If Cecelia survived, perhaps others have as well.
Rescuers spend hours looking through the wreckage for more survivors .
but their efforts will be in vain.
We actually covered anything that was a body or a body part with a yellow blanket.
It was just nothing butlike, a sea of yellow blankets, basically.
MAN 3: Northwest Airlines said 154 passengers and crew aboard the plane died in the crash.
Both Captain Maus and First Officer Dodds are killed in the crash.
Two other people died when their cars were hit by the plane.
This is the second deadliest airplane disaster in US history.
Recovering in hospital with serious head wounds is Flight 255's lone survivor, four-year-old Cecelia Cichan.
Despite her injuries, doctors say she will live.
Within hours of the crash, investigator Jack Drake and his team from the National Transportation Safety Board begin looking for clues.
Drake is a former navy pilot who's been involved in hundreds of crash investigations.
You know when you're at a crash site because you get this combination of burnt plastic and kerosene and sometimes combined with a fire-retardant foam that has its own distinctive odour.
You know you've arrived when you smell it.
Drake and his team treat the crash site like a crime scene.
They set out to examine every piece of wreckage to discover what went wrong.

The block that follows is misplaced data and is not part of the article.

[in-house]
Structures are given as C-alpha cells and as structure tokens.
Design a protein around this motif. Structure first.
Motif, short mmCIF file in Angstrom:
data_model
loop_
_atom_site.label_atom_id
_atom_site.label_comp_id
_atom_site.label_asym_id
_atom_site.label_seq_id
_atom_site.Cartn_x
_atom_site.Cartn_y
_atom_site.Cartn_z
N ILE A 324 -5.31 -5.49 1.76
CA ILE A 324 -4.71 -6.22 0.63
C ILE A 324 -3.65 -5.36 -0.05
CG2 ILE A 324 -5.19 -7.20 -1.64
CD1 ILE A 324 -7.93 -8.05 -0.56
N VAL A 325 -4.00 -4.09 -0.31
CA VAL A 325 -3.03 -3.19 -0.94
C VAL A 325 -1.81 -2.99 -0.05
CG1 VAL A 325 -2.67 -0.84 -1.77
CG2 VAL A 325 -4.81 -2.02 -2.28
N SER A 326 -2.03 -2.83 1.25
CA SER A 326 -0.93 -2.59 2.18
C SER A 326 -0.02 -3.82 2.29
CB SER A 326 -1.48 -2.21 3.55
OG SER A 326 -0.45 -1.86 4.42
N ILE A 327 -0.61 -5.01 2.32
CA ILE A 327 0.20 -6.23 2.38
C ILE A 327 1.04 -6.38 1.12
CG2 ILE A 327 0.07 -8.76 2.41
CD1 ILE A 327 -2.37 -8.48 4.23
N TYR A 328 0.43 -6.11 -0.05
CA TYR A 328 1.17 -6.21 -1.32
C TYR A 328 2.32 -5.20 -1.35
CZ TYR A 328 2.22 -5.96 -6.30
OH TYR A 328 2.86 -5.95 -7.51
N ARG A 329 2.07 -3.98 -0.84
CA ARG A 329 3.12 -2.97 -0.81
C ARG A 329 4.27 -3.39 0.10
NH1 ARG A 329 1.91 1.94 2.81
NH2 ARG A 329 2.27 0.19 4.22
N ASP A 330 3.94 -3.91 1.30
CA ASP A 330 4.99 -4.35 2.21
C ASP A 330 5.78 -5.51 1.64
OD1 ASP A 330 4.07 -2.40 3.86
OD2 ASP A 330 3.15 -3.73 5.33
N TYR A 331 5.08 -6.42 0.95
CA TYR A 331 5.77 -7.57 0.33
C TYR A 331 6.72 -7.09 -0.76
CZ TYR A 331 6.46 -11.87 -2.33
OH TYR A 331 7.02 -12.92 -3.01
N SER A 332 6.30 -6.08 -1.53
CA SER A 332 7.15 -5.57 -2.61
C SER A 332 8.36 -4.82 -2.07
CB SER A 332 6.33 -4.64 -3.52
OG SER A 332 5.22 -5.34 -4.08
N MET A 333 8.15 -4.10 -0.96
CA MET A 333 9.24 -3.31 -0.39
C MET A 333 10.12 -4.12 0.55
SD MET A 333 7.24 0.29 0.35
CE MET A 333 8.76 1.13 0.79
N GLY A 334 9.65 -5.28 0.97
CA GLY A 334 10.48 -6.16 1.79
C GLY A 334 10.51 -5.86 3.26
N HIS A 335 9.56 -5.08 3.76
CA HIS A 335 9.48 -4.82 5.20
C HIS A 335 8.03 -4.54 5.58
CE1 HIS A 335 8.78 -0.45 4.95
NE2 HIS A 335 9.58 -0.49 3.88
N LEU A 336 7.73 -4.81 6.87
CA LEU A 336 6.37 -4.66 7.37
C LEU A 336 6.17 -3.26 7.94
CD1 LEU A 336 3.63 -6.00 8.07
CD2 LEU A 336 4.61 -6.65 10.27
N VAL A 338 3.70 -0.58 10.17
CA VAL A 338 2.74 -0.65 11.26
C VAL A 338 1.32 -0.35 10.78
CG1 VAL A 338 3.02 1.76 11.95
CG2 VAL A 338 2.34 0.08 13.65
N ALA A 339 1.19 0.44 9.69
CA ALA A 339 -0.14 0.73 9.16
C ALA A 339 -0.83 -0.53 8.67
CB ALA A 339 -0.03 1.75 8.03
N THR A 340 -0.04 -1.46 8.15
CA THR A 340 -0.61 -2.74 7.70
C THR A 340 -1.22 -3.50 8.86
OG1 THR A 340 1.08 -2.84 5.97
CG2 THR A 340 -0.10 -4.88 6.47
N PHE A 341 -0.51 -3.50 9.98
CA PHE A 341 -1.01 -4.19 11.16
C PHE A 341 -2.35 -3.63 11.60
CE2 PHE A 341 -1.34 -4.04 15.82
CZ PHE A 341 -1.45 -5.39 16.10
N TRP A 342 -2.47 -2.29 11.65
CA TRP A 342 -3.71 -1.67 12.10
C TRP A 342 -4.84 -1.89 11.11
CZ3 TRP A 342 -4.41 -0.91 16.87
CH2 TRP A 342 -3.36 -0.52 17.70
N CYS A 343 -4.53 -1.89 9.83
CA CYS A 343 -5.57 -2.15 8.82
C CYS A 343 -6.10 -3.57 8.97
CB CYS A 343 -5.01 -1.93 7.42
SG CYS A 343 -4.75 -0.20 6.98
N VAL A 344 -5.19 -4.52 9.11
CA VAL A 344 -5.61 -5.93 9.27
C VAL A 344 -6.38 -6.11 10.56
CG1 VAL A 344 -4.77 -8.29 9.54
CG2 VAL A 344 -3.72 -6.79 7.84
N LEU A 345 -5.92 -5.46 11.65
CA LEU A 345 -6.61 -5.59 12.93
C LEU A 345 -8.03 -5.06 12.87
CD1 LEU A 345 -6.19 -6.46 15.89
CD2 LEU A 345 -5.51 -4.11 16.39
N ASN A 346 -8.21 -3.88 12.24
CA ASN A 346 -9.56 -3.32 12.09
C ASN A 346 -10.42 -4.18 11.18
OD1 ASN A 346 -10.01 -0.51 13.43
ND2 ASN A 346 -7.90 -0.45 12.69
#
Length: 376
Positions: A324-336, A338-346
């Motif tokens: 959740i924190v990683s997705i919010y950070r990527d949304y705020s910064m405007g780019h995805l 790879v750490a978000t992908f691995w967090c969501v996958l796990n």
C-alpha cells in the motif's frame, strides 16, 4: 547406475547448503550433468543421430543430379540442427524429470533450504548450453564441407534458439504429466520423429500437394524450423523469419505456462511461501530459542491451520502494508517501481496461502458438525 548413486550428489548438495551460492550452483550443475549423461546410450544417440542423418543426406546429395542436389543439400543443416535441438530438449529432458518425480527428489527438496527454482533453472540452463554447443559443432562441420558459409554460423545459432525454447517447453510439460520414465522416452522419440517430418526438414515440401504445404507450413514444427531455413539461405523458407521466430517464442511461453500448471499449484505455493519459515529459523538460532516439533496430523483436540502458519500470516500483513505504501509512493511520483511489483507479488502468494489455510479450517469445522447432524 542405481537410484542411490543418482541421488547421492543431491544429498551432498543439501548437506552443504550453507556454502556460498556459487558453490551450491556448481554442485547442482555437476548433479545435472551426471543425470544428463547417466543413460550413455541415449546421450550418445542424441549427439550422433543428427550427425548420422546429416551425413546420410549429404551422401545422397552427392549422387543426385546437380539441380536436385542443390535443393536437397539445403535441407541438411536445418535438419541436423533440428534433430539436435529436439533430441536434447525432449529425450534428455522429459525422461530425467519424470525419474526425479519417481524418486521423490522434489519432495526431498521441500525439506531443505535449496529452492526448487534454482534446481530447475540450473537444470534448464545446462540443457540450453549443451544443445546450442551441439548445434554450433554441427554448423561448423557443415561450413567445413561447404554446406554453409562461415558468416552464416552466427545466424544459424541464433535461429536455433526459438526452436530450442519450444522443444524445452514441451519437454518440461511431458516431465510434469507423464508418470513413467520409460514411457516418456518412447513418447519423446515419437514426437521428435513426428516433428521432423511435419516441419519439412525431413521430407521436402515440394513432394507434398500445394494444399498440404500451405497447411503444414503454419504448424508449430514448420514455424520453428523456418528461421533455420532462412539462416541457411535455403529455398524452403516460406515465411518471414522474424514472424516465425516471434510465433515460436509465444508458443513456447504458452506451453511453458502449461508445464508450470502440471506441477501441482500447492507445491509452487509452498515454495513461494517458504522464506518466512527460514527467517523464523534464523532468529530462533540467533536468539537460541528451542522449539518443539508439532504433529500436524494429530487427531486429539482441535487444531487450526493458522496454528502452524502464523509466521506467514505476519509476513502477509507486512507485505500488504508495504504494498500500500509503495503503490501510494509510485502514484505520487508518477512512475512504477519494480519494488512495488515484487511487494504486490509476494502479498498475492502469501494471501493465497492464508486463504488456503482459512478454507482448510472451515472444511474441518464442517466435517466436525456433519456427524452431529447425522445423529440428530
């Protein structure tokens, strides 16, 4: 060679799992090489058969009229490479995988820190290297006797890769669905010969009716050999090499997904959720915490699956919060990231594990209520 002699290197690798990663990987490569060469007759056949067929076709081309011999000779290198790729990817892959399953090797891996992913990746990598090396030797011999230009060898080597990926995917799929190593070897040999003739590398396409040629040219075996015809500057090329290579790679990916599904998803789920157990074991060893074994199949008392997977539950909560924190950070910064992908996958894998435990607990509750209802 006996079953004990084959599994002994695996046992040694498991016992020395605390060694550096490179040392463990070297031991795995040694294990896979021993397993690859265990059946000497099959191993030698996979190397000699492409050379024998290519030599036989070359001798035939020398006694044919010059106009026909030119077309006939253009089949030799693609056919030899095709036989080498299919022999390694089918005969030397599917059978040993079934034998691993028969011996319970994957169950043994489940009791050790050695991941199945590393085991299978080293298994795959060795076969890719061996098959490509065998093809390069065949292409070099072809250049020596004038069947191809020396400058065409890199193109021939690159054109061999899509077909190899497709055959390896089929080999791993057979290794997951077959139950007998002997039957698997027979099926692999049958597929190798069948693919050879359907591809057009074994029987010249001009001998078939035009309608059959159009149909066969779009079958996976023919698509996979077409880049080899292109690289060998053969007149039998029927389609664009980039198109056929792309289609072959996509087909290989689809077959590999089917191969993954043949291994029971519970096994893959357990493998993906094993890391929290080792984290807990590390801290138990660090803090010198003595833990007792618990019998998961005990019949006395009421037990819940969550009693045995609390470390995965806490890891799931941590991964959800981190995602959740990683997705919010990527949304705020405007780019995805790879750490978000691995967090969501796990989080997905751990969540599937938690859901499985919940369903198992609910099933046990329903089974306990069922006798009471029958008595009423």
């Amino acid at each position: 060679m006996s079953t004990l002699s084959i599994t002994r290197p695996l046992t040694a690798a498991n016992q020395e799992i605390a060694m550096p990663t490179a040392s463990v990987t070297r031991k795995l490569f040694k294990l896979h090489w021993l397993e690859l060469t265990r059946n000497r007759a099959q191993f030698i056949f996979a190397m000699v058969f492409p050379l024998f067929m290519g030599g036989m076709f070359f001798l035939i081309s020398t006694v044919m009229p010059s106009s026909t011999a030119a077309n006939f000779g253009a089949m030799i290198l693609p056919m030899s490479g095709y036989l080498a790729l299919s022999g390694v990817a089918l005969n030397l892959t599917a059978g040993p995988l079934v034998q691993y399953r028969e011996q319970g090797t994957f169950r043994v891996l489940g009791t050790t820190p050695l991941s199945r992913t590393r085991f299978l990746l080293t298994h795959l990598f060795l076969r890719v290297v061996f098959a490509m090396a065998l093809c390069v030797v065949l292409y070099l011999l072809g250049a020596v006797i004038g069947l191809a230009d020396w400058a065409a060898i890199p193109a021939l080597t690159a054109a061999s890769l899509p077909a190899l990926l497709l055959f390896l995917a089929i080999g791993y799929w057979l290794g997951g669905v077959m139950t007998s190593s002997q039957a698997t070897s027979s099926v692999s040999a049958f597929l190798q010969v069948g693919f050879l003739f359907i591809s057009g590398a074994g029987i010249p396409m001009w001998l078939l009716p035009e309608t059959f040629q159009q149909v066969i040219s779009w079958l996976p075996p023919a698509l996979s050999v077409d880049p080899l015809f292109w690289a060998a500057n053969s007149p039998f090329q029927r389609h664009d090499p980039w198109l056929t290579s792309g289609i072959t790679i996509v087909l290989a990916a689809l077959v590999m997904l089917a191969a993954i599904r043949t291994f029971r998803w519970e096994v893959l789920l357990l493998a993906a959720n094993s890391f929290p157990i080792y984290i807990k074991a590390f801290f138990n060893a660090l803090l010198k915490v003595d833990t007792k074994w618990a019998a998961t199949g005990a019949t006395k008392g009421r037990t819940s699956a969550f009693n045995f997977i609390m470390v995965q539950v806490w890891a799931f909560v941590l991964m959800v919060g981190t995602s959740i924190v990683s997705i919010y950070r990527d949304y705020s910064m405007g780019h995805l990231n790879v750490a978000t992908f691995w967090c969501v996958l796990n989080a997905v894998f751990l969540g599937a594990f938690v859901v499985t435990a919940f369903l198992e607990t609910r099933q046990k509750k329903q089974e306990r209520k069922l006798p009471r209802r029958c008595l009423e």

They have responsibilities for looking at different parts of the wreckage, debris and do qualitative analysis of those parts.
We always look for the recorders first.
They're frequently referred to as black boxes, although they're usually orange.
The information is usually well-protected because they're encased in a steel box that is both heat-resistant and crash resistant.
Since the 1960s, commercial jetliners have been required to carry flight data and voice recorders.
The CVR was first introduced in Australia, following the 1960 crash of a Fokker F27.
The devices must be able to withstand an impact of 3,400 Gs, and temperatures as high as 1,100 degrees Celsius.
The cockpit voice recorder is intact, but the flight data recorder suffered some damage in the crash.
They may hold the only clues that can help solve this accident.
Both recorders are sent to the NTSB lab in Washington, DC.
John Clark is Drake's flight performance engineer.
His first task is to make a map of the debris left behind by Flight 255.
When I first started seeing the wreckage .
your mind immediately starts turning to sorting out where it hit, how it hit - not where the wreckage ended up, but those first few inches where the airplane was coming down.